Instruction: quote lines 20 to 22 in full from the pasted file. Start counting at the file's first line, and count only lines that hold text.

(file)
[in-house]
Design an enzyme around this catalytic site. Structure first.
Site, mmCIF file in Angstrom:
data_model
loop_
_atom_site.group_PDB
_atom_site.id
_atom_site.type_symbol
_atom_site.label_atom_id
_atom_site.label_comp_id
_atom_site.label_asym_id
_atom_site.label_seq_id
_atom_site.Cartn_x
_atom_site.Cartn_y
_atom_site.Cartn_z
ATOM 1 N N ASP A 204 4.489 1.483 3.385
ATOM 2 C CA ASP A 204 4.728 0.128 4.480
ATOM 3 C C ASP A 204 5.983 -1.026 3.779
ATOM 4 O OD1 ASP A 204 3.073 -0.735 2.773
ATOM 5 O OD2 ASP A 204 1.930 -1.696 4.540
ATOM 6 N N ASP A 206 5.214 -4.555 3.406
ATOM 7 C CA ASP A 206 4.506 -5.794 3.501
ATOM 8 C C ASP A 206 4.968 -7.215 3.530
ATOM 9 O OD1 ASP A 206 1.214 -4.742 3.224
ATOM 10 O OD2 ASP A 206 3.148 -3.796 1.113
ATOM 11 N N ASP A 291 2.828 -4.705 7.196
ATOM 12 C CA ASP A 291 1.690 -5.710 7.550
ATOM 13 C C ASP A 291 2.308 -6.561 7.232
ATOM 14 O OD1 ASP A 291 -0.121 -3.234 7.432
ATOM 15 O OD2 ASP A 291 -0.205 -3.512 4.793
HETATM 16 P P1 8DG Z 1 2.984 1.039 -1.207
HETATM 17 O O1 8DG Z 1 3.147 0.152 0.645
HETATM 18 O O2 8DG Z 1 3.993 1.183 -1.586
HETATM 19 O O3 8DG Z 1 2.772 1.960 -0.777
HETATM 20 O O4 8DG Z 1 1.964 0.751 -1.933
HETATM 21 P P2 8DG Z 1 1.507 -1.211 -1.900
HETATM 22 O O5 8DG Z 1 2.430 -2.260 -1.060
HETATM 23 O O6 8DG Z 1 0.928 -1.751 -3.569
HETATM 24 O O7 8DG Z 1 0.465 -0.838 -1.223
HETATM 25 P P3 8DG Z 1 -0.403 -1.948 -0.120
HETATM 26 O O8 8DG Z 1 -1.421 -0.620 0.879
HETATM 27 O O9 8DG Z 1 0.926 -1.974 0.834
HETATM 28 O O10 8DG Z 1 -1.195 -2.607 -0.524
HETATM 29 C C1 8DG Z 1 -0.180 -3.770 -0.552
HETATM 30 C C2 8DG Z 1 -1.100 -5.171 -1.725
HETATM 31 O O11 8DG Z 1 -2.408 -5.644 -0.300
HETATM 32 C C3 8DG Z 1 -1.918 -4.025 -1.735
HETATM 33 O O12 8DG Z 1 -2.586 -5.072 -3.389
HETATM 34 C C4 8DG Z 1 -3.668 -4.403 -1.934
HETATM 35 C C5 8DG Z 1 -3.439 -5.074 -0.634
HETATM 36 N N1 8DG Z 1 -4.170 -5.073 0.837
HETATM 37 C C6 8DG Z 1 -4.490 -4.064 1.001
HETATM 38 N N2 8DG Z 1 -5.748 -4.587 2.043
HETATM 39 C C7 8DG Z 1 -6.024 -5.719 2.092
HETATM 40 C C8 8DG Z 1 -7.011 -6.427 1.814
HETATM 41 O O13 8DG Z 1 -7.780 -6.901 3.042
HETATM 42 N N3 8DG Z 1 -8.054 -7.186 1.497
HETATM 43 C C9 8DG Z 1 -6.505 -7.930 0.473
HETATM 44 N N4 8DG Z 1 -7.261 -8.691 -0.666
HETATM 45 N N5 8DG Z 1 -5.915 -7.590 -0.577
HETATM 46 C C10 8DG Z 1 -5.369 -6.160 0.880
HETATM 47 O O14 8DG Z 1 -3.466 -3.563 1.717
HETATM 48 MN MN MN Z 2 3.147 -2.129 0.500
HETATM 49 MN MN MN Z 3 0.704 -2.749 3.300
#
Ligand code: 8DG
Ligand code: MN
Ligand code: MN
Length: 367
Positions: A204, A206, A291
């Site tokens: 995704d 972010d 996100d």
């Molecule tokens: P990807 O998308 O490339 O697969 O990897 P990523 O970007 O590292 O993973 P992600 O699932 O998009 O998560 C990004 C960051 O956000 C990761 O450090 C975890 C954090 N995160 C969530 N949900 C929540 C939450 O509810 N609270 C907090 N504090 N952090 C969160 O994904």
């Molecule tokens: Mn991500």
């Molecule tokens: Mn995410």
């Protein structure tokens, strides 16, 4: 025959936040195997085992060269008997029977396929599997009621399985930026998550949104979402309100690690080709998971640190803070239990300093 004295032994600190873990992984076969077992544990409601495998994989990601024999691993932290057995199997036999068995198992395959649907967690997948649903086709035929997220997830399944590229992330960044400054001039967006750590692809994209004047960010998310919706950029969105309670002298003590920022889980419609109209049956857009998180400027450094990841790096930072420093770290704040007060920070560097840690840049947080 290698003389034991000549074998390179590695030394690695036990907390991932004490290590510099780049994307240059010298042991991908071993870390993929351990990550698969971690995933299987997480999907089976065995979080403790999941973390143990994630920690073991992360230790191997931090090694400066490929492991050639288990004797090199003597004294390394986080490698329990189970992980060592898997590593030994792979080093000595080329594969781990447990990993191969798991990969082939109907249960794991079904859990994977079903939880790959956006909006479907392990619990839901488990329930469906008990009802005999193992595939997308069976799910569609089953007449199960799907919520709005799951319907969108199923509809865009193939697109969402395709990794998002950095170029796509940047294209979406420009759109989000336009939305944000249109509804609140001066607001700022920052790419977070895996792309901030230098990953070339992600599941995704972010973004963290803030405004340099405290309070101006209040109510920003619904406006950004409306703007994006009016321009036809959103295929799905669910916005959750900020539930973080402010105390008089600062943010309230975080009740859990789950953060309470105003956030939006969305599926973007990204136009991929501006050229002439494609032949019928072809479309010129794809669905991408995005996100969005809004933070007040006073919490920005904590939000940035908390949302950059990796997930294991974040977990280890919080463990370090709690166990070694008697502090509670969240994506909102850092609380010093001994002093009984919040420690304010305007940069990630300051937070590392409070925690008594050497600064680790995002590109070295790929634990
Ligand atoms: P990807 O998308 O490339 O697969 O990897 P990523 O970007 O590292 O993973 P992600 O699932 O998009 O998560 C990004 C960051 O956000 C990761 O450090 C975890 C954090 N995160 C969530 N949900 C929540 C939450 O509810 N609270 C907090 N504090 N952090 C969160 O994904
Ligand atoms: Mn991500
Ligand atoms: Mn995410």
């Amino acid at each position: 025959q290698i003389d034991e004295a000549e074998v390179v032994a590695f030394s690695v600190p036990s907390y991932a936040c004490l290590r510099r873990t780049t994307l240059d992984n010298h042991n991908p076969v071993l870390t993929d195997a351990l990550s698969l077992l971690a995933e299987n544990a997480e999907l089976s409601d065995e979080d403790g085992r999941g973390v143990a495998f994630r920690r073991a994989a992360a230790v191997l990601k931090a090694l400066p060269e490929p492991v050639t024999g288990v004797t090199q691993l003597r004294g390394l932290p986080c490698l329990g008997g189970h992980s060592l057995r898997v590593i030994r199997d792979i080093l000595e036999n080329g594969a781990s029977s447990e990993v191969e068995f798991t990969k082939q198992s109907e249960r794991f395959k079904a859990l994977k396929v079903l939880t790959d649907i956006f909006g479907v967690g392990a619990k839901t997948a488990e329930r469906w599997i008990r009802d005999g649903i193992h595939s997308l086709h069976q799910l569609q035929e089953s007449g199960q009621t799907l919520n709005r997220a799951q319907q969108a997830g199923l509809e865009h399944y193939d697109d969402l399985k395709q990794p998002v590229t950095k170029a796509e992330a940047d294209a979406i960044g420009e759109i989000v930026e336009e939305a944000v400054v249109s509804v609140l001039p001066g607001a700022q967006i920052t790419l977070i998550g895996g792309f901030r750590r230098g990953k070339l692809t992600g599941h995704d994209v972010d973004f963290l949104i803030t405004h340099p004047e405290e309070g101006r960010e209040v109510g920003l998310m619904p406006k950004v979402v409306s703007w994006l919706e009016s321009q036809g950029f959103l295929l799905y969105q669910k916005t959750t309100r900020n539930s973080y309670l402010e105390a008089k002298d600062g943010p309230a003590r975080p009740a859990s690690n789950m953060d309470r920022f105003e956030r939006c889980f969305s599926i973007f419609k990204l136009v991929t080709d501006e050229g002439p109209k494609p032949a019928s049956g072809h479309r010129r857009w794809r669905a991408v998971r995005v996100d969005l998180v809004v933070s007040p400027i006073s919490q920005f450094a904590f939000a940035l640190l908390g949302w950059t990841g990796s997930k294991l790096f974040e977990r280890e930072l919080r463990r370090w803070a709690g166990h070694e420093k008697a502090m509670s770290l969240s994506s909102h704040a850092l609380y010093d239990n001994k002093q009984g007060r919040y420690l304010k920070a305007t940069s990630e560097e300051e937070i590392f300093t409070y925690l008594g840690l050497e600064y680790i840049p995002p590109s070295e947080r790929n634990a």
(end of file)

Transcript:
ATOM 5 O OD2 ASP A 204 1.930 -1.696 4.540
ATOM 6 N N ASP A 206 5.214 -4.555 3.406
ATOM 7 C CA ASP A 206 4.506 -5.794 3.501